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5 reasons the world’s poor should factor in your vote

Aid for the world’s most poor, vulnerable and oppressed is not only the right thing to do as a blessed nation, but it’s the smart thing to do, Matt Darvas from Micah Australia writes.

When you cast your vote at the polls in May, it’s unlikely you would be considering the world’s poor as a factor in who you vote for.

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But as those who belong to a Heavenly Kingdom and are exhorted to ‘seek justice and defend the oppressed’ (Isaiah 1:17), considering the competing parties’ policies towards bringing justice and empowerment for the poor (both at home and abroad) is a vital task.

Here are five reasons why it’s worth factoring the poor into your vote:

1.     The poor are made in His image

As Christians, we believe that everyone is created in the imago dei, and holds immeasurable value in our creator’s eyes. That age-old question – ‘who is my neighbour?’ – therefore requires us to look beyond our own backyard and ‘tribe’, to those who are marginalised and suffering – yet are still created in His image.

Most of us recognise that by way of simply being born in Australia – we are extremely blessed and that comes with a mandate to help those who have not been born here.

Being faithful to the Lordship of Jesus therefore means using what it is God has given us to prioritise love of neighbour, standing up for justice for all people because they are stamped with God’s image.

2.     We are blessed to be a blessing

The 2018 Credit Suisse’s annual Global Wealth Report showed that Australia has overtaken Switzerland to record the highest median wealth in the world.


Most of us recognise that by way of simply being born in Australia – we are extremely blessed and that comes with a mandate to help those who have not been born here.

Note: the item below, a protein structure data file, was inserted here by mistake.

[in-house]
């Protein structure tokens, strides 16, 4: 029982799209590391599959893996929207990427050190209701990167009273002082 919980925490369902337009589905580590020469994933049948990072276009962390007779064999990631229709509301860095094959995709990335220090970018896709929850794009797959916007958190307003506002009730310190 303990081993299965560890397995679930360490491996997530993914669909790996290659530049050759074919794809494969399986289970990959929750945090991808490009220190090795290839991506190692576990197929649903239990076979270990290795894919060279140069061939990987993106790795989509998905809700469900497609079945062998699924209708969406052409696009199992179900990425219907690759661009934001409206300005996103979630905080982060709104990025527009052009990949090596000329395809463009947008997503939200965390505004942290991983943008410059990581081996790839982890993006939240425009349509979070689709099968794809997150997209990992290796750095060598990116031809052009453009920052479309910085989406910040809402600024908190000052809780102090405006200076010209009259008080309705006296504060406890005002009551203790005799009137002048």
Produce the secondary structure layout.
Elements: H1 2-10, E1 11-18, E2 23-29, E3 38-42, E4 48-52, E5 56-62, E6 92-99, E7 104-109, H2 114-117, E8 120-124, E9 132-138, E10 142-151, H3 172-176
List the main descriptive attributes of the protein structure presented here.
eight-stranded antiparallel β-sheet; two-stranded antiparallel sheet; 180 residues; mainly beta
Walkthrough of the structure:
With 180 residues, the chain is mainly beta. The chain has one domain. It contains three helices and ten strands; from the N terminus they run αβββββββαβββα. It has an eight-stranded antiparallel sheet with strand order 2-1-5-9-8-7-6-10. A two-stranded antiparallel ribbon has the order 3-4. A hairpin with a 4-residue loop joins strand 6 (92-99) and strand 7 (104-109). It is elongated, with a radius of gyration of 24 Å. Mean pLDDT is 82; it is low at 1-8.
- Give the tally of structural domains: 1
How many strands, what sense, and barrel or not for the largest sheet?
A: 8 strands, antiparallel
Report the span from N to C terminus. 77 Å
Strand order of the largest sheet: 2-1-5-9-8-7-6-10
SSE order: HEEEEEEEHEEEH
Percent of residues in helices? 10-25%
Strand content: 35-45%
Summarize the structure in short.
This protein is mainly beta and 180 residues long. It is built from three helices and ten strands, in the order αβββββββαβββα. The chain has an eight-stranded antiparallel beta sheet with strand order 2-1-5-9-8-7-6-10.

(I believe this remains true, whilst we must also hold in tension that not all Australians experience this blessing. This is particularly difficult for our Aboriginal and Torres Strait Islander people, for whom Australia’s ‘blessing’ bares in many ways the injustices of their pain of loss.)

3.     We are called to consider those whose voice is not being heard

The world’s most vulnerable citizens will not get a vote in this election. But the actions of our government when it comes to foreign policy, will have significant consequences for them.

And when it comes to Australian Aid, a little bit also goes a long way. If you’re earning $88,000 a year, your tax (of $20,500) contributes around $158 to Australia’s Foreign Aid budget, the equivalent of just 4 hours of your year’s work.

The same can be said for those living in Australia who are disadvantaged and marginalised – many of these voices are not being ‘heard’ by our politicians and it is up to us to ensure they are.

‘Speaking up for those who cannot speak for themselves’ is a mandate given to us as believers. As we exercise our democratic rights, it’s important to consider those who don’t have those same opportunities.

4.     Helping those overseas is a smart move for our long-term interests

Aid and development are in our self-interest. When you help develop nations – they can become your future trading partners.

Take the benefits of aid on trade alone, where economic modelling from The Australian National University (ANU) has found that every additional $1 spent on Australian foreign aid in Asia has resulted in $7.10 in Australian exports.

5.     A more peaceful and prosperous region is good news for Australia

To be effective in promoting peace, stability and security in our region, Australia needs both hard and soft power. We need to invest in our defence, but also in our diplomacy and tools of influence, and one of the most effective tools we have to shape our place in the world is the Australian aid program.

Development strengthens fragile nations. And strong education systems can counter the rise of disenfranchisement and desperation that often starves those who would try to ferment unrest and extremism in weak nation states.

And when it comes to Australian Aid, a little bit also goes a long way.

If you’re earning $88,000 a year, your tax (of $20,500) contributes around $158 to Australia’s Foreign Aid budget, the equivalent of just 4 hours of your year’s work.

But that $158 is enough to keep alive two Syrian refugee children who are living in refugee camps!

We are blessed with the right to a political voice. Use it wisely this election.

Matt Darvas is Campaign Director for Micah Australia.

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